Tuesday, December 21, 2010



Social Security Disability Lawyers, Advertising, and Websites

I read, scratch that, I heard this morning on NPR that yet more advertising money has moved from print media to the web. Not surprising in the least. When you pick up a magazine, you may occasionally find your eyes drawn to the colorful and interesting ads that appear here and there. However, bright, colorful, interesting, and even sometimes wickedly humorous...doesn't quite make up for an absence of good targeting. The truth is, most ads placed in print and on television completely fail to hit their mark, meaning they usually fail to find placement in front of consumers who are actually interested in the product being advertised. With the web, its a bit different. Internet users tend to choose their destinations. And though, yes, they do get slammed with tons of irrelevant, and sometimes nonsensical, advertisements, very often the ads are targeted to the content being presented, and, therefore, are relevant. This, of course, is what makes google's approach to contextual advertising so successful. They match ads to content fairly successfully. At least most of the time.

The NPR discussion about the state of advertising made me think about an article I read recently. I can't honestly recall what the article was about. However, one line stood out distinctly: Dont' treat your prospective clients as if they're stupid.

This is timeless advice in my opinion. Unfortunately, many many attorneys, including social security disability attorneys, fail to heed this advice. How so? I could point out a thousand ways, but let me just list a few.

In their attempts to gain a presence on the web, and let's be honest, gain new clients to make more money, some disability attorneys (and, to be fair, non-attorney claimant's representatives) will often take "shortcuts" and engage in dubious practices such as:

1. Having search engine optimization and search engine marketing companies not only produce their websites for them, but write their content for them as well.

Ok, I think I can stop at just that one. Because #1 here umbrellas enough that is distasteful and potentially unethical that the conversation could go on for dozens of webpages.

Think of it: have you ever found yourself on a website where it became painfully obvious that the writer was either a complete imbecile, or, truly, only had a vague notion of what his or her subject matter was purported to be? Of course, these sites are everywhere. And, typically, how the astute web user will react will be to burst out laughing and then hit the back button. Now think of this. What if you were looking for very important information, information that, based on its accuracy and veracity, could either help you or hurt you if you were utilize it in your decision making. Even worse, what if it was written passably enough that you honestly couldn't discern whether the information was correct..or not.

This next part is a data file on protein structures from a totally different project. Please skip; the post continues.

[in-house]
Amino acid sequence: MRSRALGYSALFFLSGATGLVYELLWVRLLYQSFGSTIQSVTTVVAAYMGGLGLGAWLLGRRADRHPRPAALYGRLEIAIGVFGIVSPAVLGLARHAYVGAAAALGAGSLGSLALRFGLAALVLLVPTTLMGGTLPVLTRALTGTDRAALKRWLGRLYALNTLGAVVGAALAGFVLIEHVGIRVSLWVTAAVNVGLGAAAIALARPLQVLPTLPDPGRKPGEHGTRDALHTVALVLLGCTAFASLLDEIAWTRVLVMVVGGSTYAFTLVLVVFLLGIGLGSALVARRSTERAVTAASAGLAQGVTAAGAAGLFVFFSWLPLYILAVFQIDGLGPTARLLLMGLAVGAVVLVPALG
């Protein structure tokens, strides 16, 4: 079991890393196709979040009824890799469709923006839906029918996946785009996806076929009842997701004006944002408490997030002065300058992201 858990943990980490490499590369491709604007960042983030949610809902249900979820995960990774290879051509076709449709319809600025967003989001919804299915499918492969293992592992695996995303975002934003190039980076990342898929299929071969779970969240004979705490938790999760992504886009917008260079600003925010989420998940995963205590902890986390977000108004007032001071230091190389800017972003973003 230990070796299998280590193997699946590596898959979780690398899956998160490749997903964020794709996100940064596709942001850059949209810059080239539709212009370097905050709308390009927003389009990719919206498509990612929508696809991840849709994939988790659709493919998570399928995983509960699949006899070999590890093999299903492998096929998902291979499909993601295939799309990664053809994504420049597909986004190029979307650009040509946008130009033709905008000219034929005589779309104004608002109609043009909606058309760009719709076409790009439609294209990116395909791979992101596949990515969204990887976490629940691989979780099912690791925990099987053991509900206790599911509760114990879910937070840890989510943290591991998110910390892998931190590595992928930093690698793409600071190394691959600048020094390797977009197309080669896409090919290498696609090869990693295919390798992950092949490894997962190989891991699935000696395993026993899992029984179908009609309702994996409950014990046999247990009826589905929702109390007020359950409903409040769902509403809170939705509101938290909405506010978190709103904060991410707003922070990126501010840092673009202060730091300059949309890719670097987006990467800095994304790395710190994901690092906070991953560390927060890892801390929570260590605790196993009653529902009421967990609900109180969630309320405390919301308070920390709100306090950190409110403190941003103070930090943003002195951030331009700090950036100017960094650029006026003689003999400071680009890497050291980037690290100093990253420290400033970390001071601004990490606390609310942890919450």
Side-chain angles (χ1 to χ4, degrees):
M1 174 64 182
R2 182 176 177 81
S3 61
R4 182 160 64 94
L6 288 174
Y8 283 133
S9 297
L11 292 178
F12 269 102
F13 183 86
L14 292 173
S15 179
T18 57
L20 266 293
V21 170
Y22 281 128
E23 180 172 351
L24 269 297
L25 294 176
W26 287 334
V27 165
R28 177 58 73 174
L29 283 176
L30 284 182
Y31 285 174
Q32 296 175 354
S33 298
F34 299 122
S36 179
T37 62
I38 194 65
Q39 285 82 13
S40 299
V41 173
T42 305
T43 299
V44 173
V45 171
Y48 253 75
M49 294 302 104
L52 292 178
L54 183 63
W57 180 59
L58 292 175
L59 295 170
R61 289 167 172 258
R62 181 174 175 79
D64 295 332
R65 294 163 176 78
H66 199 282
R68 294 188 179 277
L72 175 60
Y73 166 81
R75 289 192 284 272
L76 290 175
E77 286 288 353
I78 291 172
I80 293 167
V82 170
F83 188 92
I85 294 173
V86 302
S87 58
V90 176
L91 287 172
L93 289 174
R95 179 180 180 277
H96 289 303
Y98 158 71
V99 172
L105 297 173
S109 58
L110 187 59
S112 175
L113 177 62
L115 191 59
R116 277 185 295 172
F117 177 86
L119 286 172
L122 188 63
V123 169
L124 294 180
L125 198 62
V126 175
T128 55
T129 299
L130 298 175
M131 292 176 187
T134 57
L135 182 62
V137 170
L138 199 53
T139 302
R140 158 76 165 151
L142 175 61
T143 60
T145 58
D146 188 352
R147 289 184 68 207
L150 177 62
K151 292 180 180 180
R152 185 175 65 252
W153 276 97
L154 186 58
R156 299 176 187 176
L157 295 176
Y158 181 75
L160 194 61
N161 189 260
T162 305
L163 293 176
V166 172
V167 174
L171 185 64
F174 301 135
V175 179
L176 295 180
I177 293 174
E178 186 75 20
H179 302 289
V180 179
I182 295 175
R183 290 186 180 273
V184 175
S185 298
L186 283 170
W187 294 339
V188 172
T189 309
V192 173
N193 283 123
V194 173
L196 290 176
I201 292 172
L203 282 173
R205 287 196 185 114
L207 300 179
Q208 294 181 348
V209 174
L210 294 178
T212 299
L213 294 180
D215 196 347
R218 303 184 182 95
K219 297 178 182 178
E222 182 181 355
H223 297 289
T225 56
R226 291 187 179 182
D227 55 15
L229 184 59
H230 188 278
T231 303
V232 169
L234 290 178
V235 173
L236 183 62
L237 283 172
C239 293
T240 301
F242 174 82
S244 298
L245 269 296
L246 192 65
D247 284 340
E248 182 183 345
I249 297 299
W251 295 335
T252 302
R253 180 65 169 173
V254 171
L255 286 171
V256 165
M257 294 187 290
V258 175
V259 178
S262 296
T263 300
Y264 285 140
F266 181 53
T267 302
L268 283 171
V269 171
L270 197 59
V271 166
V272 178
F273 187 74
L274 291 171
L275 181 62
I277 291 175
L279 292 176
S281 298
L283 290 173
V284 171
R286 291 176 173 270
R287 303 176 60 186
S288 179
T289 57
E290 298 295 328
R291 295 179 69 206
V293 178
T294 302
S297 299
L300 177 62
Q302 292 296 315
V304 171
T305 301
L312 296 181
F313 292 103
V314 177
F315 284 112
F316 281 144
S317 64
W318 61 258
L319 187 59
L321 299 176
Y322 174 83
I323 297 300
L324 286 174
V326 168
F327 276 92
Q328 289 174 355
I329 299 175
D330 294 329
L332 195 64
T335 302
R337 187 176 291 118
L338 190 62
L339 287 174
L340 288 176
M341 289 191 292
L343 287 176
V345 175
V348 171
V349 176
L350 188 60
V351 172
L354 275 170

This is the danger presented by an environment in which lawyers compete for prized positions in search engines, but yet decide to farm out their promotional efforts to third parties. Not because there's anything wrong with having company X or Y make a commercial for you, or construct a simple ad, but because success on the web, particularly in information-rich fields, involves the creation of many webpages. You can probably already see where this is going.

The lazy, the money-chasers, the attorneys and representatives who are focused solely on only the numbers and perceive clients as only payable cases will seldom ever create their own websites and produce their own content. What to do, eh? Such individuals farm out their content production to companies that employ fairly low paid writers who know as much about the subjects they write on as they do about all the other fields they've never been involved in. Which is to say nothing.

The predictable outcome is that the content produced by these hired writing guns is usually only marginally correct, is often grotesquely incorrect, and is very often plaigarized from other sites. When I owned and published the site, www.disabilitysecrets.com, I would find examples of my own work and the work of others popping up on the sites of other attorneys and I'm sure that, in most cases, the attorneys who paid for the work had no knowledge that this was occurring.

But you have to ask yourself the question: where did you guys think your hired guns were coming up with the material for your website on, just to use an example, environmental regulatory law, when they had no background in the area?

Fortunately, though, there are many attorneys who don't follow down this path. In the case of social security disability, there are more than a few attorneys and representatives who wisely eschew this stuff. That's because they recognize that the information they put out there ultimately reflects back on them. And, in accordance with that recognition, they DON'T publish information that repeats like a brain-damaged mantra "if you or a loved one need the services of..."----oh, boy, are we talking funeral services here or legal representation? How about this one, which I see many variations of fairly regularly: "If you live in Indiana and the need the services of an Indiana Personal Injury Lawyer, then read the following article as to what an Indiana Personal Injury Lawyer may do for you. An Indiana Personal Injury Lawyer can accurately advise you..."

Once again I recall that line that the NPR piece made me think of: Don't treat your prospective clients as if they're stupid. And here's a tip for the scheisters do this sort of stuff. Your potential clients are often smarter than you think. And that's why they never become more than potentials for you.


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